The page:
The early organisation of the armoured divisions included two armoured brigades (with six armoured regiments) and one support group of two infantry battalions, combat engineers and artillery. The intent of the division was to exploit gaps in the opposing frontline created by the infantry divisions. The armoured divisions were considered 'tank-heavy', due to the lack of infantry support to guard the tanks. It took repeated setbacks during the Western Desert campaign before a major reorganisation took place. By 1942, the division had evolved to be based around one armoured brigade containing three armoured regiments and one motorised infantry battalion, the support group was replaced by a three-battalion infantry brigade, and additional support weapons were allocated as divisional assets. However, doctrine still dictated for the artillery, infantry, and tanks to fight separate battles. The artillery would engage opposing anti-tank guns; the infantry would secure captured ground or provide flank protection in confined terrain; and the tanks would move ahead to destroy enemy tanks and disrupt the opposing lines of communication. The division, rather than exploiting gaps, would find itself increasingly being used a battering ram to break through the enemy frontline.[65][66][67] The armoured divisions diverged in how they were organised between those that were deployed to Northwest Europe in June 1944, and those operating in Italy. In Italy, the division's reconnaissance regiments were equipped with armoured cars, whereas the reconnaissance regiments of those assigned to fight in Northwest Europe were primarily equipped with Cromwell tanks.[68] In Italy, starting in June 1944, the infantry component was increased with a second infantry brigade that was either integrated or attached on an as needed basis.[69][70][71] The divisions assigned to Northwest Europe did not have this increased infantry, and it took further setbacks before military planners decided that the tanks and infantry needed to work more closely together. Starting in July 1944, an armoured regiment (including the reconnaissance regiment) was paired with one of the division's infantry battalions (three from the infantry brigade, and one motorised infantry battalion assigned to the armoured brigade) to implement this change, although on paper they maintained the existing separate brigade structure.[65][66]

Armoured divisions
Formation name Existing formation or date created Date formation ceased to exist Divisional insignia Locations served Notable campaigns Notes Source(s)
Guards Armoured Division 17 June 1941 12 June 1945
Guards armoured.svg
UK, France, Belgium, Netherlands, Germany Normandy, Allied advance from Paris to the Rhine, Operation Market Garden, Western Allied invasion of Germany The division was reorganised as the Guards Division on 12 June 1945. [72][73]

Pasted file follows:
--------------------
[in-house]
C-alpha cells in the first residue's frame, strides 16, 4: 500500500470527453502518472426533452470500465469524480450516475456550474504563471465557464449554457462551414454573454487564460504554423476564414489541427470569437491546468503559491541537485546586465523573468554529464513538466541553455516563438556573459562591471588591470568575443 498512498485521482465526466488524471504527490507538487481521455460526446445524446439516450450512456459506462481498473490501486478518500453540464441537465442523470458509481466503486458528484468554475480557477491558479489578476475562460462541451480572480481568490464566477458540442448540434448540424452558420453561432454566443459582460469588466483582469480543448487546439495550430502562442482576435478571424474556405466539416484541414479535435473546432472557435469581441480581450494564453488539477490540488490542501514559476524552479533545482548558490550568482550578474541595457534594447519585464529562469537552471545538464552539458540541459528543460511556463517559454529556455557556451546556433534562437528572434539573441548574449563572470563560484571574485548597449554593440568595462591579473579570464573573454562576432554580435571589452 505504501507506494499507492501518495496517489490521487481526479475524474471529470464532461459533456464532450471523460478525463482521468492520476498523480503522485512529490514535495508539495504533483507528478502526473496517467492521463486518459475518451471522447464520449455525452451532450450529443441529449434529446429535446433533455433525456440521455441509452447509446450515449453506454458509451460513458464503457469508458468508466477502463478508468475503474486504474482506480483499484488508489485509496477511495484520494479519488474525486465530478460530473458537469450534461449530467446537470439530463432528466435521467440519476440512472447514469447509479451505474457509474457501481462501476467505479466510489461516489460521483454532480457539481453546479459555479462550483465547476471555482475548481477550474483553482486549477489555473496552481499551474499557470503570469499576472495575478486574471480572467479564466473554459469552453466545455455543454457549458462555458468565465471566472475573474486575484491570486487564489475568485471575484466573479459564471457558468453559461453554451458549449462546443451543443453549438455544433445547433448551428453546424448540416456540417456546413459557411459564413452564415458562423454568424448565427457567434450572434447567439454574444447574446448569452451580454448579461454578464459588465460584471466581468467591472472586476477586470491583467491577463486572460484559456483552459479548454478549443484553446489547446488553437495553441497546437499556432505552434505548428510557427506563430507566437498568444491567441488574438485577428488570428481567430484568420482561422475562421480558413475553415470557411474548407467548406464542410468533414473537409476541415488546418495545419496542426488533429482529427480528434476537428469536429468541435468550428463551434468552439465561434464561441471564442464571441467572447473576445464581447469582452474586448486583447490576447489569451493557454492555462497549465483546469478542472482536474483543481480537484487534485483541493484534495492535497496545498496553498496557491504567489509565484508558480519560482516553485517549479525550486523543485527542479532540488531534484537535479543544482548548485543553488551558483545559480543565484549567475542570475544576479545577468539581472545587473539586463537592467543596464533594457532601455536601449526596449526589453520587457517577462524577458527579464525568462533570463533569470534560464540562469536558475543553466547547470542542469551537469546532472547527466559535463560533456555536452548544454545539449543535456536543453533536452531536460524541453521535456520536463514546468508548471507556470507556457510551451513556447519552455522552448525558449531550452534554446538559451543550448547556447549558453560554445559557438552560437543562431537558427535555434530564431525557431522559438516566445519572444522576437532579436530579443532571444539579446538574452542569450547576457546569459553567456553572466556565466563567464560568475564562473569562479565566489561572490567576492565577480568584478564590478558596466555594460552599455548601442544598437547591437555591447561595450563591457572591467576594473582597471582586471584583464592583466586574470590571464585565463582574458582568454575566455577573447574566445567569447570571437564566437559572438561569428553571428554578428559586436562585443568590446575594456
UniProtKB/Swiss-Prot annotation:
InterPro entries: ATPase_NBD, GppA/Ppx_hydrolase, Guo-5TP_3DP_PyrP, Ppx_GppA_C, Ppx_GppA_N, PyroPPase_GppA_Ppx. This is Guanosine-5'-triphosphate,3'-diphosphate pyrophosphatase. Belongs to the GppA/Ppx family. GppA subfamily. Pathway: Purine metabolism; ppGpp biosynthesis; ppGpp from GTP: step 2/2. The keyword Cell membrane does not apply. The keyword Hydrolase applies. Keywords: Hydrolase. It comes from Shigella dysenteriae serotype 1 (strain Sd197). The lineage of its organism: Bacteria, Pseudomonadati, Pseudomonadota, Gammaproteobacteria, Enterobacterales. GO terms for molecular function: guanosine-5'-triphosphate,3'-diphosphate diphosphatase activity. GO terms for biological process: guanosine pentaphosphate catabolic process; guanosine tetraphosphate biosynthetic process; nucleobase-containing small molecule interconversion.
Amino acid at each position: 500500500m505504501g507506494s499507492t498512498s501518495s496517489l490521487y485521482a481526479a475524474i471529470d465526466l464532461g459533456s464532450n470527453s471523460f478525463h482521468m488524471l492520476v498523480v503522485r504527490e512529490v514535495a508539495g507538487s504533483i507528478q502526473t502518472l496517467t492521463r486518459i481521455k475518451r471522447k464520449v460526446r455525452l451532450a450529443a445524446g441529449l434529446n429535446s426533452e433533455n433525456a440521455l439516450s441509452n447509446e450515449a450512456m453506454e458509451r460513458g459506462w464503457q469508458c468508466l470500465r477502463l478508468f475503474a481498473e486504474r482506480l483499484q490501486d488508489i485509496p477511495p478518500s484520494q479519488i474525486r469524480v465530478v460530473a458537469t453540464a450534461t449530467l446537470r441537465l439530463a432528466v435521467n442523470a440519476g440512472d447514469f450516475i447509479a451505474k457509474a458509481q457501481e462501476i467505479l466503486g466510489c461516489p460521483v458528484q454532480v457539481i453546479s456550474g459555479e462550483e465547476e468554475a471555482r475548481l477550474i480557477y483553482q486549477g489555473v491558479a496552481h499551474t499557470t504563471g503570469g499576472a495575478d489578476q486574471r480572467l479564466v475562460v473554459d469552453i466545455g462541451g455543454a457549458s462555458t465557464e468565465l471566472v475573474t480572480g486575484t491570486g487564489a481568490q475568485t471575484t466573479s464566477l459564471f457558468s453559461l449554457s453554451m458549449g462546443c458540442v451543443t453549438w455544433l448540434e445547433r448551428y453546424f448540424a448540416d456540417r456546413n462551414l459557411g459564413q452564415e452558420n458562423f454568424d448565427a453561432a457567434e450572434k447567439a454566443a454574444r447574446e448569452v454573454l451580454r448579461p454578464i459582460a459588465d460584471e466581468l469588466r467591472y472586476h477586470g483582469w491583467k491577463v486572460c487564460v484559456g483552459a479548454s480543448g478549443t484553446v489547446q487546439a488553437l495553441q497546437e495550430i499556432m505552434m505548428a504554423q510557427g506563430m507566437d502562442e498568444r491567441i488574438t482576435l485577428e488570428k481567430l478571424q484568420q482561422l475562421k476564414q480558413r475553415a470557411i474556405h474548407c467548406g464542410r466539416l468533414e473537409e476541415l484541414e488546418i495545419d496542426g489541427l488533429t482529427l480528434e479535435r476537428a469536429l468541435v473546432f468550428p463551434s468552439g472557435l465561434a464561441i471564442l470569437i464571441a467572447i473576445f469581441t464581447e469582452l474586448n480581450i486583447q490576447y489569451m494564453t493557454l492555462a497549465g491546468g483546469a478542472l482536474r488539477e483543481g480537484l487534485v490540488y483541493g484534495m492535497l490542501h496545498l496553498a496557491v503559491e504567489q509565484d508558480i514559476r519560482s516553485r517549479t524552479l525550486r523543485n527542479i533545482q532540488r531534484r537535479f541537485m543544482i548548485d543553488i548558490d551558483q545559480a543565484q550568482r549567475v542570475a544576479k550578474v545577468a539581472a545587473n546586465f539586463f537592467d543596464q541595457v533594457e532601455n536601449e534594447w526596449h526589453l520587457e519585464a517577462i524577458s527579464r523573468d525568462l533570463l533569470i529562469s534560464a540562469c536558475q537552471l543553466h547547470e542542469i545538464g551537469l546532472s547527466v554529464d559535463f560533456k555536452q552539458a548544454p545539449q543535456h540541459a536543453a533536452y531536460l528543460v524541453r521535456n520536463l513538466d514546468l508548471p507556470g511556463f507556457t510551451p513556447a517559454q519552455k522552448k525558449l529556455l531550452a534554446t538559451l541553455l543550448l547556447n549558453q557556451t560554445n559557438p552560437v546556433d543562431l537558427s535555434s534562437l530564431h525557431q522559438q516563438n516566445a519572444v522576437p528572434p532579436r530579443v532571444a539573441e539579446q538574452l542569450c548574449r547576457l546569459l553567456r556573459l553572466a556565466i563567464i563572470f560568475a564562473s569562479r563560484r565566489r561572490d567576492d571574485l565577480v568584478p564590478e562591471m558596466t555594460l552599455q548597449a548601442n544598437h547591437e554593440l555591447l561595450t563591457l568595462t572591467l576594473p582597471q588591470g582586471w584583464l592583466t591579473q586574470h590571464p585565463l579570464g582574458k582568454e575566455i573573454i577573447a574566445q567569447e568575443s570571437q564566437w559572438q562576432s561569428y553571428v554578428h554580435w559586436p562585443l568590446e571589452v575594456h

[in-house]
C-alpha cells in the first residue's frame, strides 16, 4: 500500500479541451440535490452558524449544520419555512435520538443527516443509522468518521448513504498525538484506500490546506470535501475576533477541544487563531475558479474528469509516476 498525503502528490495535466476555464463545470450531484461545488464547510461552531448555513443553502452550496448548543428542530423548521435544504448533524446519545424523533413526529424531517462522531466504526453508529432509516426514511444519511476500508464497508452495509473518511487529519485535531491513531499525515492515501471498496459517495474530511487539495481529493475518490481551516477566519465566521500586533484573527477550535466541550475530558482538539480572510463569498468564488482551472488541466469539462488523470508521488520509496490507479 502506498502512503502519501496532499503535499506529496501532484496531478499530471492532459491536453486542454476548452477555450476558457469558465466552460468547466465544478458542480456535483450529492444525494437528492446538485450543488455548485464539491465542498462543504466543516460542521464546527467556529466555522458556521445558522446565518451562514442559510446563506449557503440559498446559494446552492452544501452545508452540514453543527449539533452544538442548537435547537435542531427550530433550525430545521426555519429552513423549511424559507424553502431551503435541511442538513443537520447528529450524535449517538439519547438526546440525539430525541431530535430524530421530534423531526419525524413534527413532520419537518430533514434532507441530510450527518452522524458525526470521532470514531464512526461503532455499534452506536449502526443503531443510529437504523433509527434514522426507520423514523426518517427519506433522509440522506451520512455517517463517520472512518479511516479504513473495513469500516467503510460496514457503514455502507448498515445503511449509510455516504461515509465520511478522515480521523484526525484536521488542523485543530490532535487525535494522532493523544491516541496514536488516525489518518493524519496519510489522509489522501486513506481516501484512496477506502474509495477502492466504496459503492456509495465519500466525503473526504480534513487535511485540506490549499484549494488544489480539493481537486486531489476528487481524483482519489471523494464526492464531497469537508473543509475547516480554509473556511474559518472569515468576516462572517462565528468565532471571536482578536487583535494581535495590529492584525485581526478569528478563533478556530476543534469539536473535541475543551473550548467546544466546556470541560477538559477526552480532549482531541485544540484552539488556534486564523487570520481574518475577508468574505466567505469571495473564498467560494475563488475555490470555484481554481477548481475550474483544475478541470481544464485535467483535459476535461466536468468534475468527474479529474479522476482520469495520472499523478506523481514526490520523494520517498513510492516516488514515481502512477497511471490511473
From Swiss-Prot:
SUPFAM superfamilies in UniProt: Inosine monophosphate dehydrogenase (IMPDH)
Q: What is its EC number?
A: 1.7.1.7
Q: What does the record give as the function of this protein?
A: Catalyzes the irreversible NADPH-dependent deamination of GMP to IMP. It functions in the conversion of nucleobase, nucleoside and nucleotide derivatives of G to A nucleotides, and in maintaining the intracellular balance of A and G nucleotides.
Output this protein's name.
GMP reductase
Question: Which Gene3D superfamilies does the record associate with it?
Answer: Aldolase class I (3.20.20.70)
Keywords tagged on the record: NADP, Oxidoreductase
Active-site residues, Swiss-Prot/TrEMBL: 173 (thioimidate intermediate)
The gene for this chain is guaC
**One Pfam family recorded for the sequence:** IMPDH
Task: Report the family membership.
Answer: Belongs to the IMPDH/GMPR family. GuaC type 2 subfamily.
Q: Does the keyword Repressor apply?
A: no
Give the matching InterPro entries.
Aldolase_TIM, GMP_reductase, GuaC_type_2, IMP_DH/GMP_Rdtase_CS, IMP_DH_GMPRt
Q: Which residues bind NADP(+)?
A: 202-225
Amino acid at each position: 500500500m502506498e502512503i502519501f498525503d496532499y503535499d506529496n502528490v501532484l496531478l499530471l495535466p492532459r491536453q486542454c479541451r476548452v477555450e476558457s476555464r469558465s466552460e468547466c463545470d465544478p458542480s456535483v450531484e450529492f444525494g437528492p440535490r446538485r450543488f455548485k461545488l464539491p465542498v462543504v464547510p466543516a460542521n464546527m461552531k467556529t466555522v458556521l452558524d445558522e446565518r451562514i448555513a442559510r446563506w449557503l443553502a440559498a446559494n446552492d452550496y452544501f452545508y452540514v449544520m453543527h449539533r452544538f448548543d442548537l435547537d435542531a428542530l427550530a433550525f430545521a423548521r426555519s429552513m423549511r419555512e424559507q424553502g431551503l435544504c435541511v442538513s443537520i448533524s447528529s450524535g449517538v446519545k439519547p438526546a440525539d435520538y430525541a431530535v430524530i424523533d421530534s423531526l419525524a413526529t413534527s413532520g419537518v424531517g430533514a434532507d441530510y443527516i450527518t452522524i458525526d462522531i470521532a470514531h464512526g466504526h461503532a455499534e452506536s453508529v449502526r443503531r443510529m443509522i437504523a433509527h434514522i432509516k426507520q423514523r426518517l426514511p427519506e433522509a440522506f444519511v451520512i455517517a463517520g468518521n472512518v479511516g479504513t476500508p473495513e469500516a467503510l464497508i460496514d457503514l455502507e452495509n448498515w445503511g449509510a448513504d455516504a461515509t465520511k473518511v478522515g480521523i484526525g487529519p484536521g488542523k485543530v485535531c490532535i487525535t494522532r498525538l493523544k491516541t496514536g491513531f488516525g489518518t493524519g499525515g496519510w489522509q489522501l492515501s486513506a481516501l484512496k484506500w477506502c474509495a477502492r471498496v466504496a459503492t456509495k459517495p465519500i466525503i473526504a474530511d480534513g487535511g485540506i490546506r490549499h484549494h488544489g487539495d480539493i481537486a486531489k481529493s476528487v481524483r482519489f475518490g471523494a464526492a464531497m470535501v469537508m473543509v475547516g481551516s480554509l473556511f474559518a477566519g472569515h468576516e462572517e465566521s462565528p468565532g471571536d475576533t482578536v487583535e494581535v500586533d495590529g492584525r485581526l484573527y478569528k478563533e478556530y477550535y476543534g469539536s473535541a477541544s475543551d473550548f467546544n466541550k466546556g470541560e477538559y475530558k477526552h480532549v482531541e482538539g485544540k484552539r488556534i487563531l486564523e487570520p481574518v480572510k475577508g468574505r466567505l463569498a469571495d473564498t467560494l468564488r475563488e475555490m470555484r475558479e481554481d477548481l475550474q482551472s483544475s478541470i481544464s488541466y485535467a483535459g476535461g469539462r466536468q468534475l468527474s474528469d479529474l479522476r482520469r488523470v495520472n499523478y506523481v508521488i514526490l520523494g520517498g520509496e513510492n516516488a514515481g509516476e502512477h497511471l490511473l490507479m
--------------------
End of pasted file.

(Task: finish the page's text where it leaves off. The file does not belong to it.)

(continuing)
1st Armoured Division Existing 11 January 1945
1st Armoured Div.svg
UK, France, Egypt, Italian-Libya, Tunisia, Italy Battle of France, Western Desert, Tunisian, Italian On 5 April 1943, the division was redesignated as the 1st British Armoured Division, to distinguish it from its American counterpart. On 26 October 1944, the division ceased to be an operational formation before it was disbanded on 11 January 1945. [73][74]
2nd Armoured Division 15 December 1939 10 May 1941
British 2nd Armoured Division.svg
UK, Egypt, Italian-Libya Western Desert On 8 April 1941, the divisional headquarters was captured during an Axis offensive. The surviving units were reassigned, and the division was officially disbanded on 10 May 1941. [25][75]
6th Armoured Division 12 September 1940 N/A
6th Armoured Division flash.svg
UK, Tunisia, Italy, Austria Tunisian, Italian The division ended the war in Austria. [75][76]
7th Armoured Division Existing N/A
7th armd div (3).svg
Egypt, Italian-Libya, Tunisia, Italy, UK, France, Belgium, Netherlands, Germany Western Desert, Tunisian, Italian, Normandy, Allied advance from Paris to the Rhine, Western Allied invasion of Germany On the outbreak of the Second World War, the division was redesignated from the Mobile Division to the Armoured Division (Egypt); on 16 February 1940, it became the 7th Armoured Division. It ended the war in Germany. The division's insignia used during the final two years of the war is shown. [75][77]
8th Armoured Division 4 November 1940 1 January 1943
8ArmDiv.png
UK, Egypt Did not see combat as a division After arriving in Egypt, the division never operated as a single entity. The divisional headquarters and elements of the divisional troops took part in the Second Battle of El Alamein. The division was disbanded on 1 January 1943 in Egypt, so that its forces could be dispersed to other formations to ensure they stayed up to strength. [78][79][80][81]